Maintain a Transaction Monitoring Program

Each relevant regulated institution shall maintain a reasonably designed program for the purpose of monitoring transactions after their execution for potential BSA/AML violations and Suspicious Activity Reporting. The system, which may be manual or automated, shall, at a minimum, to the extent they are applicable:

  • Be based on the risk assessment of the institution; Unchanged.
  • Be reviewed and periodically updated at risk-based intervals to take into account and reflect changes to applicable BSA/AML laws, regulations and regulatory warnings, as well as any other information determined by the institution to be relevant from the institution’s related programs and initiatives; The proposal originally started with “reflect all current BSA/AML laws, regulations and alerts as well as any relevant information available from the institution’s related programs and initiatives.”
  • Appropriately match BSA/AML risks to the institution’s businesses, products, services and customers/counterparties; The proposal started with “map BSA/AML risks…”
  • BSA/AML detection scenarios with threshold values and amounts designed to detect potential money laundering or other suspicious or illegal activities; Unchanged.
  • End-to-end, pre-and post-implementation testing of the Transaction Monitoring Program, including, as relevant, a review of governance, data mapping, transaction coding, detection scenario logic, model validation, data input and program output; The proposal didn’t have the words “as relevant.”
  • Documentation that articulates the institution’s current detection scenarios and the underlying assumptions, parameters and thresholds; The proposal stated to “include easily understandable documentation…”
  • Protocols setting forth how alerts generated by the Transaction Monitoring Program will be investigated, the process for deciding which alerts will result in a filing or other action, the operating areas and individuals responsible for making such a decision, and how the investigative and decision-making process will be documented; and Unchanged.
  • Be subject to an on-going analysis to assess the continued relevance of the detection scenarios, the underlying rules, threshold values, parameters and assumptions. Unchanged.

Maintain a Watch List Filtering Program

Each relevant regulated institution shall maintain a reasonably designed filtering program for the purpose of interdicting transactions that are prohibited by federal economic and trade sanctions, and which shall include the following, to the extent they are applicable:

  • Be based on the risk assessment of the institution; Unchanged.
  • Be based on technology, processes or tools for matching names and accounts, in each case based on the institution’s particular risks, transaction and product profiles; Unchanged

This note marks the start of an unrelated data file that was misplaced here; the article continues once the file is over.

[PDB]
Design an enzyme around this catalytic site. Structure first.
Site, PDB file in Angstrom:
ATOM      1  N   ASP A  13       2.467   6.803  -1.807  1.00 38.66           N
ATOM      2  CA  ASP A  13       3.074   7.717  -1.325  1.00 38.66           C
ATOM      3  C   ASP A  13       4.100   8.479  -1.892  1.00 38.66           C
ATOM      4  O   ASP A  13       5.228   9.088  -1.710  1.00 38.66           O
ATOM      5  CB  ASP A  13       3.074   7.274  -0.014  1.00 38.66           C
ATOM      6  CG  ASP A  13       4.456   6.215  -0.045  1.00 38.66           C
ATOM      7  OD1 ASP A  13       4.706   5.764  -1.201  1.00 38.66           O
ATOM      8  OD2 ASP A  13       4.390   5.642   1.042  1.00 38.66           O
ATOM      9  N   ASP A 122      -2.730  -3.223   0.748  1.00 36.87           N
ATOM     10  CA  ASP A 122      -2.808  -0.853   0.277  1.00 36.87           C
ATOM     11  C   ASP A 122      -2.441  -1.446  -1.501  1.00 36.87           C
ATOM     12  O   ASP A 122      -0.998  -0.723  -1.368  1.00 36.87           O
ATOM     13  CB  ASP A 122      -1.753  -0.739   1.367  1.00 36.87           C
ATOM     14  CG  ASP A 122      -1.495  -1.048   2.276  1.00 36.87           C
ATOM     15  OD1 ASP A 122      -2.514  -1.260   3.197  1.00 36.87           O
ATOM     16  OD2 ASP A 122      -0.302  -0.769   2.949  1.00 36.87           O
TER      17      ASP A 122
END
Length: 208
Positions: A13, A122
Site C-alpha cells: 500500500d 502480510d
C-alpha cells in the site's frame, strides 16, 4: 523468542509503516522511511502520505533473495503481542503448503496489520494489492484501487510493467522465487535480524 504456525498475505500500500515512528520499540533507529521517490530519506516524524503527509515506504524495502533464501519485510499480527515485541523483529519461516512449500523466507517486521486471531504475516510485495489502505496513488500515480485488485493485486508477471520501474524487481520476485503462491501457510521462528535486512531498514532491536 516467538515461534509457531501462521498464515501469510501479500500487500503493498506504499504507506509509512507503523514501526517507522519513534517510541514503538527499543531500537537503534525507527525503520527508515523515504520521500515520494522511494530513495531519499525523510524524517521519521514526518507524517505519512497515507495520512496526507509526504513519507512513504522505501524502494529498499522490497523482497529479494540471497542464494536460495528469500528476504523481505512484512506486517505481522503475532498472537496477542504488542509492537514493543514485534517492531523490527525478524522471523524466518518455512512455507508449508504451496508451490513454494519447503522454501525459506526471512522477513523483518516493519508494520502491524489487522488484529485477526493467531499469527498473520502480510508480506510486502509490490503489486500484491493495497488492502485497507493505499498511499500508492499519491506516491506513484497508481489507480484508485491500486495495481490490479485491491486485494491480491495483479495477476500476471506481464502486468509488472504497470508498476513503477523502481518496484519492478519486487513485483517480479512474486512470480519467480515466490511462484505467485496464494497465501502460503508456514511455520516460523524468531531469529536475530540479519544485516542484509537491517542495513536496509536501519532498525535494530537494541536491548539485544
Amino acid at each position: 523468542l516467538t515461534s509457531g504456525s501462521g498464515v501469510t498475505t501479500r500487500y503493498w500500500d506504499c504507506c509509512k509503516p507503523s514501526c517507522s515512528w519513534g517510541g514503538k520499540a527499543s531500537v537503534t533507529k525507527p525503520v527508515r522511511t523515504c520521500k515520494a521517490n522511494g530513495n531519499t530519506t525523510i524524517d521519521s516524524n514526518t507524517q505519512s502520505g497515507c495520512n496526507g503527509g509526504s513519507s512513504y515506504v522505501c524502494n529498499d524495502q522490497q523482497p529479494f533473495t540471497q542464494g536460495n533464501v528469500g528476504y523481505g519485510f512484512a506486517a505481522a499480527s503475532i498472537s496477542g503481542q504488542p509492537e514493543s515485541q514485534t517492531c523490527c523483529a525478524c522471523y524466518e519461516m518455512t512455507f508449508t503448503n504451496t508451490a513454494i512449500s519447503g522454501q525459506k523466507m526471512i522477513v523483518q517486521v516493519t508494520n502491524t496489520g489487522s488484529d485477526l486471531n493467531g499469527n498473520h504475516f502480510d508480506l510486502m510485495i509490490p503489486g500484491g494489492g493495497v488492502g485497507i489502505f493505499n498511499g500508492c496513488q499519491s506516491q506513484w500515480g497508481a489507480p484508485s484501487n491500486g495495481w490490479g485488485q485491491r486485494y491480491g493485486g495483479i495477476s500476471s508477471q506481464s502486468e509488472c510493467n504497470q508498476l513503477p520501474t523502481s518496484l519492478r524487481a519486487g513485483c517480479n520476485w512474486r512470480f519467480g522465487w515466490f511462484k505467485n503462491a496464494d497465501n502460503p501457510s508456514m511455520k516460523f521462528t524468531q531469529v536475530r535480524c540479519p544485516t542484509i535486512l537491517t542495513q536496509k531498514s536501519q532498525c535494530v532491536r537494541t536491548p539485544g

• End-to-end, pre- and post-implementation testing of the Filtering Program, including, as relevant, a review of data matching, an evaluation of whether the Office of Foreign Assets Control sanctions list and threshold settings map to the risks of the institution, the logic of matching technology or tools, model validation, and data input and program output; Unchanged.
  • Be subject to on-going analysis to assess the logic and performance of the technology or tools for matching names and accounts, as well as the OFAC sanctions list and the threshold settings to see if they continue to map to the risks of the institution; and Unchanged.
  • Documentation that articulates the intent and design of the Filtering Program tools, processes or technology. The proposal stated the documentation had to be “easily understandable.”
  • This line was deleted from the final rule: “Utilizes watchlists that reflect current legal or regulatory requirements.”

Additional Requirements

Each Transaction Monitoring and Filtering Program shall require the following, to the extent they are applicable:

  • Identification of all data sources that contain relevant data; Unchanged.
  • Validation of the integrity, accuracy and quality of data to ensure that accurate and complete data flows through the Transaction Monitoring and Filtering Program; Unchanged.
  • Data extraction and loading processes to ensure a complete and accurate transfer of data from its source to automated monitoring and filtering systems, if automated systems are used; Unchanged.
  • Governance and management oversight, including policies and procedures governing changes to the Transaction Monitoring and Filtering Program to ensure that changes are defined, managed, controlled, reported and audited; Unchanged.
  • Vendor selection process if a third party vendor is used to acquire, install, implement or test the Transaction Monitoring and Filtering Program or any aspect of it; Unchanged.
  • Funding to design, implement and maintain a Transaction Monitoring and Filtering Program that complies with the requirements of the regulation; Unchanged.
  • Qualified personnel or outside consultant responsible for the design, planning, implementation, operation, testing, validation and on-going analysis of the Transaction Monitoring and Filtering Program, including automated systems if applicable, as well as case management, review and decision making with respect to generated alerts and potential filings; and Unchanged.
  • Periodic training with respect to the Transaction Monitoring and Filtering Program. The proposal had “periodic training of all stakeholders with respect to…”
  • The proposed line was deleted from the final rule: “No regulated institution may make changes or alterations to the Transaction Monitoring and Filtering Program to avoid or minimize filing suspicious activity reports, or because the institution does not have the resources to review the number of alerts, or to otherwise avoid complying with regulatory requirements.

Annual Board Resolution or Senior Officer Compliance Finding

To ensure compliance with the requirements, each regulated institution shall adopt and submit to the Superintendent a board resolution or senior officer compliance finding by April 15 of each year.

The original proposal said this: To ensure compliance with the requirements, each institution shall submit to the Department by April 15 of each year certifications duly executed by its chief compliance officer or functional equivalent.